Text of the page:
• Focal torsion dystonia;
  • Inheritance;
  • Pedigree;
  • Genetics;
  • Phenotypic variability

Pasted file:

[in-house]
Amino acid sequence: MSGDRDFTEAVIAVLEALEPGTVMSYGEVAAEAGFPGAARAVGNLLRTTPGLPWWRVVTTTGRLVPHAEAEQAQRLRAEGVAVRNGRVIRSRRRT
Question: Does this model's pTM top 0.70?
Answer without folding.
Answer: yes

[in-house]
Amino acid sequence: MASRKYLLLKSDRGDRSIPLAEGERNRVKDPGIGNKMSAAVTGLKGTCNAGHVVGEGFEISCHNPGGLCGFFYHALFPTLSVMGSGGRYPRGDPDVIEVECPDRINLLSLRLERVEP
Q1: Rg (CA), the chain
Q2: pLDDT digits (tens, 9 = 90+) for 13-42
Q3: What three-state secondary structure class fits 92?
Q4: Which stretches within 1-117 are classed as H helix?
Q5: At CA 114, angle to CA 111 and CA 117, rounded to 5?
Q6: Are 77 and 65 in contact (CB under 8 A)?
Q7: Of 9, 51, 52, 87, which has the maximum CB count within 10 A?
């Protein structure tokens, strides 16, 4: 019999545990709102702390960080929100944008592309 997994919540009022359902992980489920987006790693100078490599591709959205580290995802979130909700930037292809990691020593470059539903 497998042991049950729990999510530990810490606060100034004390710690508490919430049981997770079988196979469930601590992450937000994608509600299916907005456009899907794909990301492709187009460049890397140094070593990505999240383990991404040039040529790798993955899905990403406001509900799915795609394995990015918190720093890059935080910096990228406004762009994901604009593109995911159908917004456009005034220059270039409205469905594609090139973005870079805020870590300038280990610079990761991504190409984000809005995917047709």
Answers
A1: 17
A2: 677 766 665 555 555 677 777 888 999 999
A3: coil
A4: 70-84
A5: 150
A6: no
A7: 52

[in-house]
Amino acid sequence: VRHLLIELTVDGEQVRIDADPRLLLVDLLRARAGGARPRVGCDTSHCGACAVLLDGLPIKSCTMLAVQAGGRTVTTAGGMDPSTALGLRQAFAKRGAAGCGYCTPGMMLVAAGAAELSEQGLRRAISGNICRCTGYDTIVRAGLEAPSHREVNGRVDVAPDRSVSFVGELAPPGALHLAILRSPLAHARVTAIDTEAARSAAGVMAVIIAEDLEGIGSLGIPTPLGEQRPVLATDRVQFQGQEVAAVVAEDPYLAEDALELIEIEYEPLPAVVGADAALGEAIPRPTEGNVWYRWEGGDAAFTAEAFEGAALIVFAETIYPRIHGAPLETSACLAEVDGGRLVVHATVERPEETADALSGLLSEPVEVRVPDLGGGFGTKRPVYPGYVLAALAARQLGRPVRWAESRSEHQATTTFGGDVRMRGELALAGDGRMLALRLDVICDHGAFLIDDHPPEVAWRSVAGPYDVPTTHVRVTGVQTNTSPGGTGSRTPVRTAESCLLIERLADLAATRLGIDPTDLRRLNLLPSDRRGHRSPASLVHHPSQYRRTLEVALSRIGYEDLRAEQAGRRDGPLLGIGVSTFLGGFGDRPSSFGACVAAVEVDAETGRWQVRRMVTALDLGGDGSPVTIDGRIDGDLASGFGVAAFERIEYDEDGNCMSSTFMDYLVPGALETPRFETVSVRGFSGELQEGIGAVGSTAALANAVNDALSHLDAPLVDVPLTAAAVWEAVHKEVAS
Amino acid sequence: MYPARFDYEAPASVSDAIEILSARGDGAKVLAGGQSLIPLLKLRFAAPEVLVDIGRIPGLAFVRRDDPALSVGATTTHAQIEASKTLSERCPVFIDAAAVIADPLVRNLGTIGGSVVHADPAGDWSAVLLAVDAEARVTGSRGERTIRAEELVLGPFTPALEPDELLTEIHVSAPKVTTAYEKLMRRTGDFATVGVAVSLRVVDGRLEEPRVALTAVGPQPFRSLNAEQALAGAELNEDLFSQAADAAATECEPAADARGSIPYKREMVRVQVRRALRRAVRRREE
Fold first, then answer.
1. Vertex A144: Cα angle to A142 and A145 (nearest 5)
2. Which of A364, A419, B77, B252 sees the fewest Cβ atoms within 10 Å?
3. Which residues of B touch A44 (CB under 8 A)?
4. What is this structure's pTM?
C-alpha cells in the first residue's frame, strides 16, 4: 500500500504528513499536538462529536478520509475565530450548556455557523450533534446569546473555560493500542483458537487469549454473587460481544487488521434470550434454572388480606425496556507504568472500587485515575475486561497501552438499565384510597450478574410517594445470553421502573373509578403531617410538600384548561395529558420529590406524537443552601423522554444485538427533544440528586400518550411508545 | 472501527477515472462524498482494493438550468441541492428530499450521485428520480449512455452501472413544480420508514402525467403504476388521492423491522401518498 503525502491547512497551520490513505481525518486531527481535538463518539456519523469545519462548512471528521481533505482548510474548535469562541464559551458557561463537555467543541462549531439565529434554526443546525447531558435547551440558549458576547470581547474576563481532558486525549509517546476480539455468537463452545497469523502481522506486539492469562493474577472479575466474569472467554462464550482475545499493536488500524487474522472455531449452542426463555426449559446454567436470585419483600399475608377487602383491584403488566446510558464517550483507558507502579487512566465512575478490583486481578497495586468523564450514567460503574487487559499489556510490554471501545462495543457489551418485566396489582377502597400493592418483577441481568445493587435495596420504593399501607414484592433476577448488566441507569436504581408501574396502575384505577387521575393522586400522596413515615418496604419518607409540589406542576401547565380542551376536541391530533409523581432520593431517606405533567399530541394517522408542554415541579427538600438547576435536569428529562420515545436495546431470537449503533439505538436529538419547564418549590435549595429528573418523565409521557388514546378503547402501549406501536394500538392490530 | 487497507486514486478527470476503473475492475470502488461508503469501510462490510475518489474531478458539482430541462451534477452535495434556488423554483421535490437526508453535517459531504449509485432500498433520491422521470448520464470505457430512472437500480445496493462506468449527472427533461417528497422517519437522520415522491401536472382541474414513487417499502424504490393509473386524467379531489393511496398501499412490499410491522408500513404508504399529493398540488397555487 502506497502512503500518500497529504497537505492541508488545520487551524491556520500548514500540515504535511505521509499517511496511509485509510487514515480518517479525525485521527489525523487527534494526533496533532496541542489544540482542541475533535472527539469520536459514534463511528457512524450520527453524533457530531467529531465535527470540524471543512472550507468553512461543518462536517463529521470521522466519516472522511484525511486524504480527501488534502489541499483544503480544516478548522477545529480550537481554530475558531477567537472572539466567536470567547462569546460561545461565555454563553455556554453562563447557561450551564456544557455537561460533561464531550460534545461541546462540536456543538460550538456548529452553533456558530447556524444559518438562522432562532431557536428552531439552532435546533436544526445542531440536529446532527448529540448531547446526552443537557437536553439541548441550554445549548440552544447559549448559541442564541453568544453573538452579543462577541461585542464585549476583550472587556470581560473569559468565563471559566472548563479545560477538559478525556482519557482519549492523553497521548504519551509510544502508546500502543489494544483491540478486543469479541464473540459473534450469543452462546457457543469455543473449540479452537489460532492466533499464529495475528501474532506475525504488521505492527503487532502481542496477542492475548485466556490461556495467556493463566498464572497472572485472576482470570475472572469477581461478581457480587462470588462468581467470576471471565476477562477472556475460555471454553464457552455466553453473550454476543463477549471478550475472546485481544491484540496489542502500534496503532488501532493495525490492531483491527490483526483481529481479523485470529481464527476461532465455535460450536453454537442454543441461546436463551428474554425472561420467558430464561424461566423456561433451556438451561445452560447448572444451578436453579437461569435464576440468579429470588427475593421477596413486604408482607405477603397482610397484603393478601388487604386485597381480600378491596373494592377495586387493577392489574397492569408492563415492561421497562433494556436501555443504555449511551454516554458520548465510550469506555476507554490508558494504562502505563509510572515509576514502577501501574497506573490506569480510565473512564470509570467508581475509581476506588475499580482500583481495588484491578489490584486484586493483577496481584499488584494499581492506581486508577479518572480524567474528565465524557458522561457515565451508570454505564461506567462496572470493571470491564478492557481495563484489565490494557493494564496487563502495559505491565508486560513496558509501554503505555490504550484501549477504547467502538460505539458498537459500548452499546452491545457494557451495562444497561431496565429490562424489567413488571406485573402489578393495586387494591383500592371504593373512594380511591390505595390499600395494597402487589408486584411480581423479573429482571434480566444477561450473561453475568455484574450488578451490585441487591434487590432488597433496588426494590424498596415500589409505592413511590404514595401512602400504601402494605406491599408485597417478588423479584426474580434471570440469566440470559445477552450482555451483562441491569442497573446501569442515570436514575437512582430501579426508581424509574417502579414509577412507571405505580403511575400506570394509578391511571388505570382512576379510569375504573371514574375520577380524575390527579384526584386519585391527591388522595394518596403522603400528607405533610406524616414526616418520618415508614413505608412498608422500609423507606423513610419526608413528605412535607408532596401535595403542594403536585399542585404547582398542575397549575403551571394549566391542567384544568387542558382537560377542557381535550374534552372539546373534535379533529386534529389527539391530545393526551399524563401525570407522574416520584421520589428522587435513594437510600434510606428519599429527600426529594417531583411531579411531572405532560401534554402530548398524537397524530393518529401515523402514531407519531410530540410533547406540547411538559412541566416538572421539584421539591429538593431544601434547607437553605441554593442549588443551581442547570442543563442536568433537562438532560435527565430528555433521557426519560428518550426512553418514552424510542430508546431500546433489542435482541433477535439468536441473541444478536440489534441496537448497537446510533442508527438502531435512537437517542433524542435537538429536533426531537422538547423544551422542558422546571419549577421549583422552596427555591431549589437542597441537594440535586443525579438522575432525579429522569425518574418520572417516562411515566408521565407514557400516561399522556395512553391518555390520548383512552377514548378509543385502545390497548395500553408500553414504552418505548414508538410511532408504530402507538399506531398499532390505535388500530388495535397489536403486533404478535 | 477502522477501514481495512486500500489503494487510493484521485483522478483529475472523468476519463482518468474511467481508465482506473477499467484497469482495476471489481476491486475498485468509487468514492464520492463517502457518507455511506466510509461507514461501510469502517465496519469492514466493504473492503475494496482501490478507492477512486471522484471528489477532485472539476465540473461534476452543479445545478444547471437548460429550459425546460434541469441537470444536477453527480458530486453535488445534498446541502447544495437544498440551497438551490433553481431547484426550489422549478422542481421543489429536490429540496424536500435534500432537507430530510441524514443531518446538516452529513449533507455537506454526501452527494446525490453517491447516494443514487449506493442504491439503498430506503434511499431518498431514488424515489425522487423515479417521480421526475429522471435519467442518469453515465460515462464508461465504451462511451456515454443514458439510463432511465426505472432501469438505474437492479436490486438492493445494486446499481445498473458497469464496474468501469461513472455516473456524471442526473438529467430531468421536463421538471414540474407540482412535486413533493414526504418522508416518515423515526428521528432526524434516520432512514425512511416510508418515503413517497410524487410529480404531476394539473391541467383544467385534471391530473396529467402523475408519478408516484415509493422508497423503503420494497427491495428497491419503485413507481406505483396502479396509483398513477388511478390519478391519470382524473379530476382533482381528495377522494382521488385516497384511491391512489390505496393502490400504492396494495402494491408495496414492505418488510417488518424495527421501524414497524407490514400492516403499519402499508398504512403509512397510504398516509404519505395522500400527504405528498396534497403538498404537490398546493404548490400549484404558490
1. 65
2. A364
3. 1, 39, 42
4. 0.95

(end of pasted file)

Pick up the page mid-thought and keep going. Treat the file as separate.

Idiopathic torsion dystonia is characterized by involuntary twisting movements and postures. One molecularly defined form with generalized dystonia has been shown to be autosomal dominantly inherited with reduced penetrance in chromosome 9q34.1, especially in Ashkenazi Jewish families, while other generalized families from Europe and families with other subtypes of dystonia have been excluded from linkage to this locus. Genealogical studies suggest that the much more frequent focal dystonia follows an autosomal dominant inheritance with reduced penetrance as well. For our study, 488 patients with focal dystonia, without a tendency for generalization, were interviewed for their family history. Evidence for hereditary disposition was found in 88 individuals. In a second step, all available family members of 17 of the 488 index patients (chosen for cooperation) were clinically examined. Objective diagnosis of affected relatives was established in 13 families, whereas only 4 of the 17 index patients had previously admitted a positive family history. Furthermore, a large threegeneration family with focal dystonia linked to chromosome 18p (linkage data described elsewhere) was identified. The familial pattern of all reported families is compatible with autosomal dominant inheritance with reduced penetrance. Assessment only on patients' report leads to underestimation of the frequency of familial idiopathic focal dystonia.